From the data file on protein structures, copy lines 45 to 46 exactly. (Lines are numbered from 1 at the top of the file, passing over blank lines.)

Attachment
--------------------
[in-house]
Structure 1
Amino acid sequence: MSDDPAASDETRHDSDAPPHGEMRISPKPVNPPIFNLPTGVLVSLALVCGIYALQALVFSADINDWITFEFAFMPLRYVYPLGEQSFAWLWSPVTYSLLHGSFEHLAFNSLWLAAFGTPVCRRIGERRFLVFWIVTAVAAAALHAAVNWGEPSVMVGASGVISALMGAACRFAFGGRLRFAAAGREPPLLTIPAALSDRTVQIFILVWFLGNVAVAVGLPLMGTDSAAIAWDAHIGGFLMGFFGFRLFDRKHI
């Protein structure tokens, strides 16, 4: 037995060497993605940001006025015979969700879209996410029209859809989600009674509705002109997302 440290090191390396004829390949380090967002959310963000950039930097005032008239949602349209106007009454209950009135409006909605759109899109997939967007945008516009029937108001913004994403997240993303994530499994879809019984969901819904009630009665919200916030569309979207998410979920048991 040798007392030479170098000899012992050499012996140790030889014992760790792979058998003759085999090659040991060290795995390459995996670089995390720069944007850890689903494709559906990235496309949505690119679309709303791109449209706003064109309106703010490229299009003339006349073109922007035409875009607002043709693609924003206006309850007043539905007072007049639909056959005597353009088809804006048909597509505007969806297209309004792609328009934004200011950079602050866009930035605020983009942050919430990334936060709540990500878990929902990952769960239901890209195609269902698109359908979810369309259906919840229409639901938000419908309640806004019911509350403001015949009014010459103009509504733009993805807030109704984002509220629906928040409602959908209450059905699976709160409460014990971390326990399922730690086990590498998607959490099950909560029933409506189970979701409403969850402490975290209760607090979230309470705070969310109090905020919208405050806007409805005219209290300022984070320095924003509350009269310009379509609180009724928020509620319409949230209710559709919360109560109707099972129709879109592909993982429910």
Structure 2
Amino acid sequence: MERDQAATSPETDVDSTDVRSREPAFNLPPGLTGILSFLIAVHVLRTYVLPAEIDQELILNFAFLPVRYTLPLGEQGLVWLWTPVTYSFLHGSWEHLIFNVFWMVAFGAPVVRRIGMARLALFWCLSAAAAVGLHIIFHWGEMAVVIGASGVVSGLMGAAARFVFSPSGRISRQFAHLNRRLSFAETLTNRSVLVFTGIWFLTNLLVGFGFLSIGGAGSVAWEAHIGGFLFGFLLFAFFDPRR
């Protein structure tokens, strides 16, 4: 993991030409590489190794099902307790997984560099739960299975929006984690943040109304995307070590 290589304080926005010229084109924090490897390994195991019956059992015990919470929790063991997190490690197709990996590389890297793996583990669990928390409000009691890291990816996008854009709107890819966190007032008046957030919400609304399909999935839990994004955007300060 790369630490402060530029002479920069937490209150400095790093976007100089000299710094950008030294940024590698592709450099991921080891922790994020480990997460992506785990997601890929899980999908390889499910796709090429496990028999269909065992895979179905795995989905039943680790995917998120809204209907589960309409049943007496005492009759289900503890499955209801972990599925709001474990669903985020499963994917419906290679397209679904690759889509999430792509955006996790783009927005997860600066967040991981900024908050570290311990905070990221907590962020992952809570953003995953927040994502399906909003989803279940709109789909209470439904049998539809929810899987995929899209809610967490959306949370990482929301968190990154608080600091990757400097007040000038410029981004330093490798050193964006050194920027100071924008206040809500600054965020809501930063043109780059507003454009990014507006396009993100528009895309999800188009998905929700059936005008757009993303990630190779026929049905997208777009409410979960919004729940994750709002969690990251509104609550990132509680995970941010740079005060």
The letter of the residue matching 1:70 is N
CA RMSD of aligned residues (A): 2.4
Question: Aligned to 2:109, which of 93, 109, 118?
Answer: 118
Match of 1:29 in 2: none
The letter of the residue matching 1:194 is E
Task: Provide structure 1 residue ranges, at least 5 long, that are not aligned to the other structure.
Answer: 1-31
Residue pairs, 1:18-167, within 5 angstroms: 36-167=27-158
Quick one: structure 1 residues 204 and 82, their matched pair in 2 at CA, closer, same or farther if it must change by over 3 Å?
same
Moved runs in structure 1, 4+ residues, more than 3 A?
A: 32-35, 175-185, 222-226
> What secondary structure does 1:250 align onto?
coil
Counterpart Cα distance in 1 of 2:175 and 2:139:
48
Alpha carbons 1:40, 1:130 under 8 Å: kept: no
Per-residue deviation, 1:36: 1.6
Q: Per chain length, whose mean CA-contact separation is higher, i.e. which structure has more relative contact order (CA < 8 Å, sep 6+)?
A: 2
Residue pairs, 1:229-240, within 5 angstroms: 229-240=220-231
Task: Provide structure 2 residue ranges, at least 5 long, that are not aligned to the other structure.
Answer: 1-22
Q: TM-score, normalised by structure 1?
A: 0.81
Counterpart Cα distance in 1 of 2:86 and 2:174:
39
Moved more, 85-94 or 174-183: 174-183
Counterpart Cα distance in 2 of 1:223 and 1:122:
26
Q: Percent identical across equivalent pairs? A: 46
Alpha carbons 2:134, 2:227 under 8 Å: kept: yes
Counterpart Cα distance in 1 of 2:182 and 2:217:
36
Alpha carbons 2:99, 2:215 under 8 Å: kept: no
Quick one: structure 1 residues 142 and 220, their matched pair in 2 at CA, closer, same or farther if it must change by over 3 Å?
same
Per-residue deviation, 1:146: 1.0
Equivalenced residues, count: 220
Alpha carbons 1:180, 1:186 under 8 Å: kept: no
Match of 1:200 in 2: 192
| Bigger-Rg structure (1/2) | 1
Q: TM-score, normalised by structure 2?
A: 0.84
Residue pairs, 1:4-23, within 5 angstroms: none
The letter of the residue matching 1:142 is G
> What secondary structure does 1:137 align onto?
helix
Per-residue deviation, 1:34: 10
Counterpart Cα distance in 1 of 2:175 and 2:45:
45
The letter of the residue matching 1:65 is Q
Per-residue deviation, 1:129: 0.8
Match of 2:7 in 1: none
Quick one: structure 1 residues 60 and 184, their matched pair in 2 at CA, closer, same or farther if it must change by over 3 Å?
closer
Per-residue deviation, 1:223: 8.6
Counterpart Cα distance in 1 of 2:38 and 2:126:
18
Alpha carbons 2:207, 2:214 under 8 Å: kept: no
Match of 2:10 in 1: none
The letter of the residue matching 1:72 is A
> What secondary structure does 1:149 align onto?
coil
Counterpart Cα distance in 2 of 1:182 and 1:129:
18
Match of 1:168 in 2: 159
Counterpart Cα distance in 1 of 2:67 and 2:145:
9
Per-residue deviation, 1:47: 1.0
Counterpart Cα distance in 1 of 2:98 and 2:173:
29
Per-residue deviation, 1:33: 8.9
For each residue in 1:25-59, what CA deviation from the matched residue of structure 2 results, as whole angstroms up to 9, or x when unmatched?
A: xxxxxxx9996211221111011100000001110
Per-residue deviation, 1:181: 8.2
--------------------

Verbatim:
same
Per-residue deviation, 1:146: 1.0